That Americans as a whole appreciated the New Deal is borne out in the fact that the President came from the Democratic Party from 1933-53 and 1960-69.  In addition, the House remained Democratic from 1931 until 1995, with the exceptions of the 80th (1947-49) and 83rd (1953-55) Congresses.  The Senate, meanwhile remained blue from 1933-1979, except for those same 80th and 83rd Congresses.

Even Republicans in office retained a respect of the New Deal, reflecting their constituents.  A lot has been made of the Reagan Revolution and how it began the dismantling of the New Deal state, but that, in many ways, is overblown.  The New Deal understanding of the relationship between state and society, for the most part, survived Reagan.

But it is under attack now.  One of my students, during the first attempt to dismantle Obamacare in March, commented on the inhumanity of throwing 24 million people off health care rolls.  Another one noted that this appeared to be a break down of the New Deal.  This is when I felt like a proud professor, of course.

But they are right.  Obamacare was a continuum of the New Deal’s promise to Americans.  And while I, a Canadian, think Obamacare is stupid (I much prefer the single-payer system), it was a massive improvement over what came before it.  And the American Health Care Act, which was passed by the House last week, is a return to pre-New Deal America.  It is a return to Hoover-era politics, where Americans suffered as their government turned its back.

Trump and the White Working Class

November 14, 2016 § 2 Comments

The chattering classes are twisting themselves into knots to try to explain and understand how and why Donald Trump won last Tuesday.  How did he win out in traditionally Democratic territory in the Rust Belt? This has been the $64,000,000,000,000 question.  Me? I don’t see it as being that complicated.

Underneath it all, there is a very simple economic message that Trump has communicated to his base: he has promised to cut up NAFTA and bring the jobs back.  The United States is currently reaping the consequences of ignoring the plight of a sizeable chunk of the population for nigh-on 30 years.  They have lost their jobs, their self-esteem, their way of life.  Time was, you could graduate from high school on Thursday.  And Friday morning, wake up and head over to the HR office of the local factory or plant.  They knew you; your dad worked there, so did your uncles and big brother. Your mom worked there, so did your sisters and your aunts.  They hired you immediately. And on Monday, you came to work for the first time.  And then you stayed there for 35-40 years. You made good money.  Got married, had kids, raised them.  Eventually, you retired.  Your thanks for your loyalty and hard work was a generous pension plan that took care of you in return for giving your working years to the company.  But that’s all gone.  Deindustrialization.  And free trade.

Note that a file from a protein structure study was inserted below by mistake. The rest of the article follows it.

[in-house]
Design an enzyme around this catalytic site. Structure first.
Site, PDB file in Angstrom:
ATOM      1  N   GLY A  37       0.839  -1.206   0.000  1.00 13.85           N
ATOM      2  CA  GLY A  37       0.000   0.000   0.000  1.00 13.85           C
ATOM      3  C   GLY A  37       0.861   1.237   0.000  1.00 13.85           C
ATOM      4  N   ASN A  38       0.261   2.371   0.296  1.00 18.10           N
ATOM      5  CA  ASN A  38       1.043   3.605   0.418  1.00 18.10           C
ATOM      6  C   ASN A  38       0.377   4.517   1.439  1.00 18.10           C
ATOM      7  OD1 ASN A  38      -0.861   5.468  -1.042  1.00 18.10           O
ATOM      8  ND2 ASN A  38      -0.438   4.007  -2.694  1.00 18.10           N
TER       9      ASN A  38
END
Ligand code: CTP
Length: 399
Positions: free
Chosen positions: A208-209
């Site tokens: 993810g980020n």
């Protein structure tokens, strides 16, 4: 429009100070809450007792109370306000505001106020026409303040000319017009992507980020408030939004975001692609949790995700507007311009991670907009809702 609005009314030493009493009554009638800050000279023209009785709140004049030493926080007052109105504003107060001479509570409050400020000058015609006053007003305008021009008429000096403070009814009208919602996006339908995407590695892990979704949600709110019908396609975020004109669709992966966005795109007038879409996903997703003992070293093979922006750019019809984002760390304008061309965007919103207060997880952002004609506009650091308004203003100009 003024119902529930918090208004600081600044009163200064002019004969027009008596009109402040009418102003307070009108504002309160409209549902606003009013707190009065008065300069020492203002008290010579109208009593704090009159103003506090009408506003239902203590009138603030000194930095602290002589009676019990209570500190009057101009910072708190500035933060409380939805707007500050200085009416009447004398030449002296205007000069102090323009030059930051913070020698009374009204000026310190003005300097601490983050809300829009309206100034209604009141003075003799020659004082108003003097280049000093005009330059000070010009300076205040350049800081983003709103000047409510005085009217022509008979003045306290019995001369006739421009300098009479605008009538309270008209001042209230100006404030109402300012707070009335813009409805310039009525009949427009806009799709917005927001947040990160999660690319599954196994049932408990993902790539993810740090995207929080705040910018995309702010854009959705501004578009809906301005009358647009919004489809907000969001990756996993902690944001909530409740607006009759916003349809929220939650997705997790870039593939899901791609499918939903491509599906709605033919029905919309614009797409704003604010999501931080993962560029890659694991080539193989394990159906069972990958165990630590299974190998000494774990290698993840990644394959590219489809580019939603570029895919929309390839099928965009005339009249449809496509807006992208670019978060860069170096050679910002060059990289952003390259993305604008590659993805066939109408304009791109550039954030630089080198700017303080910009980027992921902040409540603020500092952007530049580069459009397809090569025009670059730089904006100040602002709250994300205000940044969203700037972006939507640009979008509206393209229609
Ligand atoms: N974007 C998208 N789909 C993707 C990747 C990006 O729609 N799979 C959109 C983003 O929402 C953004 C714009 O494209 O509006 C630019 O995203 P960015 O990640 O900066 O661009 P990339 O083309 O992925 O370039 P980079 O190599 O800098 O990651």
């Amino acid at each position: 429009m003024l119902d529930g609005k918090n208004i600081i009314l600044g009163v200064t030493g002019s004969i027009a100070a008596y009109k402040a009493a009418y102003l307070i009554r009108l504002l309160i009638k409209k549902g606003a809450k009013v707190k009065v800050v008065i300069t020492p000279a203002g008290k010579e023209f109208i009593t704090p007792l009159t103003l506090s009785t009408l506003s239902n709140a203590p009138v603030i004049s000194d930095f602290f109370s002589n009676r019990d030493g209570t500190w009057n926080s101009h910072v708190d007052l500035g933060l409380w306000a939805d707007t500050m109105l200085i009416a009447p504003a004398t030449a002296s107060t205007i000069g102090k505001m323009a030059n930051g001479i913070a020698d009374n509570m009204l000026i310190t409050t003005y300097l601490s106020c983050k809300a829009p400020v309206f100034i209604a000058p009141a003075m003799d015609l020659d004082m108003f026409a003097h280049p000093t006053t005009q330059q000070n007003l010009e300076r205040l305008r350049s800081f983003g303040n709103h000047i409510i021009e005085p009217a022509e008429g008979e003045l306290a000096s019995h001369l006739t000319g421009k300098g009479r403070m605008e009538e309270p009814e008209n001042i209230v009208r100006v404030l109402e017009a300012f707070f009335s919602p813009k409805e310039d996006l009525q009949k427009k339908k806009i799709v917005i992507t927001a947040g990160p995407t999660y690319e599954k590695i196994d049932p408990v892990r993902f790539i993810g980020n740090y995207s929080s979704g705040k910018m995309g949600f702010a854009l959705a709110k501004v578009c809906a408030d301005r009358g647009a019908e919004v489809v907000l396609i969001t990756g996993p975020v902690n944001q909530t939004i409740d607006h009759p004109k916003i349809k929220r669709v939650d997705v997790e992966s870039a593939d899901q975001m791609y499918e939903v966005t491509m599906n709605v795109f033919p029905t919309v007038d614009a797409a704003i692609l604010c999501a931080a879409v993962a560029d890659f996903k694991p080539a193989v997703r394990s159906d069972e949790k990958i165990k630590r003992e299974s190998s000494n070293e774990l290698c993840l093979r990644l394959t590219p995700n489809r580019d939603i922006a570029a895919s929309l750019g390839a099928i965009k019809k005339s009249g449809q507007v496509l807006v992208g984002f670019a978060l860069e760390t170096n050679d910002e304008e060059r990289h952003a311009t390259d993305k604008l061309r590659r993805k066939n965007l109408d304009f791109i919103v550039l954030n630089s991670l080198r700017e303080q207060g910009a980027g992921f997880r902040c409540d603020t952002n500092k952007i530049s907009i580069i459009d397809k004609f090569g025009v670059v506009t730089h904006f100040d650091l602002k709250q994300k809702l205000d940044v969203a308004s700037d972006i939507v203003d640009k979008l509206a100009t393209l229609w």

What happened when the jobs dried up?  People lost their homes; their cars; their marriages.  Alcoholism and addiction became more common.  Re-training programs were a joke, they didn’t plan anyone for a new career in computers.  Some were lucky and found a new career in the service industry.  But making $9/hr to stock shelves at Walmart doesn’t pay the bills.  Then there’s health insurance and benefits.  With GE, those were all taken care of.  Waffle House doesn’t take care of them.  Their churches tried to take care of them but most of them weren’t religious to start with. And their politicians? They paid lip service for a bit, both Democrats and Republicans.  But then they got bored and got obsessed with other things.  And so no one had these dispossessed, under- and un- employed people’s backs.

And as a result, the Midwest joined the South as the lands of cultural carnage. They got written out of the national narrative, except when something stupid happens (don’t believe me, go read this rant from the Bitter Southerner).  Think about TV and the movies.  Time was, they were set in Milwaukee and Minneapolis and Savannah, GA.  Now?  Not so much. And when they are, you get Mike & Molly; their characters met at Overeaters’ Anonymous.  And besides, it’s set in Chicago.  Chicago isn’t of the Midwest anymore. It’s a national city.  America no longer tells stories about the heartland anymore.  There are no more little ditties about Jack and Diane.  Midwesterners don’t see themselves on TV or the big screen, unless it’s a story about them going to NYC or LA.  For example, The Unbreakable Kimmy Schmidt. Or Parks and Recreation, which also began as a mockumentary making fun of Lesley Knope and the residents of Pawnee, IN.

The United States has long been a deeply divided nation.  We like to think it’s North-South.  It’s not.  It’s the coasts and Chicago vs. the ‘flyover states.’ What’s more dismissive than referring the bulk of the nation as ‘flyover’ territory?  No one listens to the fears and frustrations of the former white working class.  And their visceral anger brings out all their latent fears of mistrust of anyone not exactly like them: African Americans, Muslims, immigrants, LGBTQ, and so on (and this in no way excuses hatred)  And then Trumpism occurs.